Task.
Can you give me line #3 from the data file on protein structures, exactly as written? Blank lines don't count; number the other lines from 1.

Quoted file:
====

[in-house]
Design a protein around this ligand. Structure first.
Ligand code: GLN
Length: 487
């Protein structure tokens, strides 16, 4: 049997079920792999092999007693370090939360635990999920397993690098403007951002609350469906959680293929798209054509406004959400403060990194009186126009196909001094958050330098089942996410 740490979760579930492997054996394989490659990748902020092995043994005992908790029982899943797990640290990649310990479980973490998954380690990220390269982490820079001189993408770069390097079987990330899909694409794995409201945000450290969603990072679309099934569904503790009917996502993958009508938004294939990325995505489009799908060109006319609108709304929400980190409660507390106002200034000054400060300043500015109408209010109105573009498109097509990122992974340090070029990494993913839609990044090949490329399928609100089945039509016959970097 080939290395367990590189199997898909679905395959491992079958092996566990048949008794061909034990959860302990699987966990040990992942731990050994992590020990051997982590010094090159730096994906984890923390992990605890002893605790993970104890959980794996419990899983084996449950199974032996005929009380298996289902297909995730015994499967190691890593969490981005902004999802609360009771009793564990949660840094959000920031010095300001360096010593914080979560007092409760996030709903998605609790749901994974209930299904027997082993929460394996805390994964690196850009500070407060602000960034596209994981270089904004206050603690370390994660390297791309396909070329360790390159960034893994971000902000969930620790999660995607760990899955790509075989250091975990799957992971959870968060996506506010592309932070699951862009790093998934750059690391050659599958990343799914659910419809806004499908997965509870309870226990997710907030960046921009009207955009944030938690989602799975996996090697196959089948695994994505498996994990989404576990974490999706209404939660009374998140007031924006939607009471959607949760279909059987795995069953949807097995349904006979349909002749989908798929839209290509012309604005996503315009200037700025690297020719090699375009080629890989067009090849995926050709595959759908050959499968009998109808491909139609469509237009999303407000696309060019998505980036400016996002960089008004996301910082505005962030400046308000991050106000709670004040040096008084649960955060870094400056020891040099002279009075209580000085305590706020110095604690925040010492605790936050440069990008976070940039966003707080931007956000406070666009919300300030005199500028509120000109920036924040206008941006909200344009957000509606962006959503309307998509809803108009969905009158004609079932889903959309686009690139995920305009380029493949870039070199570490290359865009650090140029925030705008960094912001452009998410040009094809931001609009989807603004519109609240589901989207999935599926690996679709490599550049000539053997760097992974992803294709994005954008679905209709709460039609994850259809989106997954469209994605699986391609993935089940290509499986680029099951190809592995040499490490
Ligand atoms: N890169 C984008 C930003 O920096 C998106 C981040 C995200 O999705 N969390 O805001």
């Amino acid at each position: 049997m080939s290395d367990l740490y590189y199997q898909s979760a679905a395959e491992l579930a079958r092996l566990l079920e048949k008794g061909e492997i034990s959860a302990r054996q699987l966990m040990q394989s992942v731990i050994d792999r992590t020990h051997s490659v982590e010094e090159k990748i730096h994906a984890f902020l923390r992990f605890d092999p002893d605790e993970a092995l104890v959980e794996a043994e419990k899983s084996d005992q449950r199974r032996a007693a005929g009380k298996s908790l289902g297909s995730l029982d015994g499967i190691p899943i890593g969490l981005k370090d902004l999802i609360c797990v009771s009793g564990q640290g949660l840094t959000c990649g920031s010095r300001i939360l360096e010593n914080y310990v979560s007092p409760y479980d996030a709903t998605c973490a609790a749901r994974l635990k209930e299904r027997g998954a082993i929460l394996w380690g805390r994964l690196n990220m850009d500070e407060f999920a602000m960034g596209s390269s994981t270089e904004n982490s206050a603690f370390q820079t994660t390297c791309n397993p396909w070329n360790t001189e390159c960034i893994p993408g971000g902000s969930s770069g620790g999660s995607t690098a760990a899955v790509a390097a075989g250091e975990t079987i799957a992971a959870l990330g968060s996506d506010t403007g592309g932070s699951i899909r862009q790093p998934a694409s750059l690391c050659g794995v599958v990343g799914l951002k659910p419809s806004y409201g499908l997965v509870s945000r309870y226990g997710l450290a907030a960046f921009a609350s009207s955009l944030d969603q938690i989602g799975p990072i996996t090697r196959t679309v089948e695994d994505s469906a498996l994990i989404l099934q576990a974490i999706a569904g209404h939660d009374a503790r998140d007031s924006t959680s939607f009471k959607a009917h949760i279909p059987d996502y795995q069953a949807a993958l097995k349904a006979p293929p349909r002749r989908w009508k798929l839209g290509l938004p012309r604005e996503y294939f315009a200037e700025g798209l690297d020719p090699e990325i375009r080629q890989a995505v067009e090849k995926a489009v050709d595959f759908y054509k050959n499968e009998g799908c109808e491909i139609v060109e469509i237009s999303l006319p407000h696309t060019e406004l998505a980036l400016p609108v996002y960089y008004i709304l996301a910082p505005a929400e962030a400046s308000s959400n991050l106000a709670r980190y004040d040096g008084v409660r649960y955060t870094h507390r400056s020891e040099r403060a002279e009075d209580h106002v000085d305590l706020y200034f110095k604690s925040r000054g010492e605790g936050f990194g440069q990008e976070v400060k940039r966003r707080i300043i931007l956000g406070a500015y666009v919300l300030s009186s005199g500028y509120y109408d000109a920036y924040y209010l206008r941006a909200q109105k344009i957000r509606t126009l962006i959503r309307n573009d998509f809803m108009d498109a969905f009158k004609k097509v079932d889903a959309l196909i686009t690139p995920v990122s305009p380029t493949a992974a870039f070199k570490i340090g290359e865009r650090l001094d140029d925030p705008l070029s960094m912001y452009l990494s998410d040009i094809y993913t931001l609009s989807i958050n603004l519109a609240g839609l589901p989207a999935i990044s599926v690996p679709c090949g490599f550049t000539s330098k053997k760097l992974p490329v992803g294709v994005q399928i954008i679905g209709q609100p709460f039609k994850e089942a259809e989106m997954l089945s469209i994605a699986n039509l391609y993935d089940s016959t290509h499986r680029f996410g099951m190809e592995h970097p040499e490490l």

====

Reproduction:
Ligand code: GLN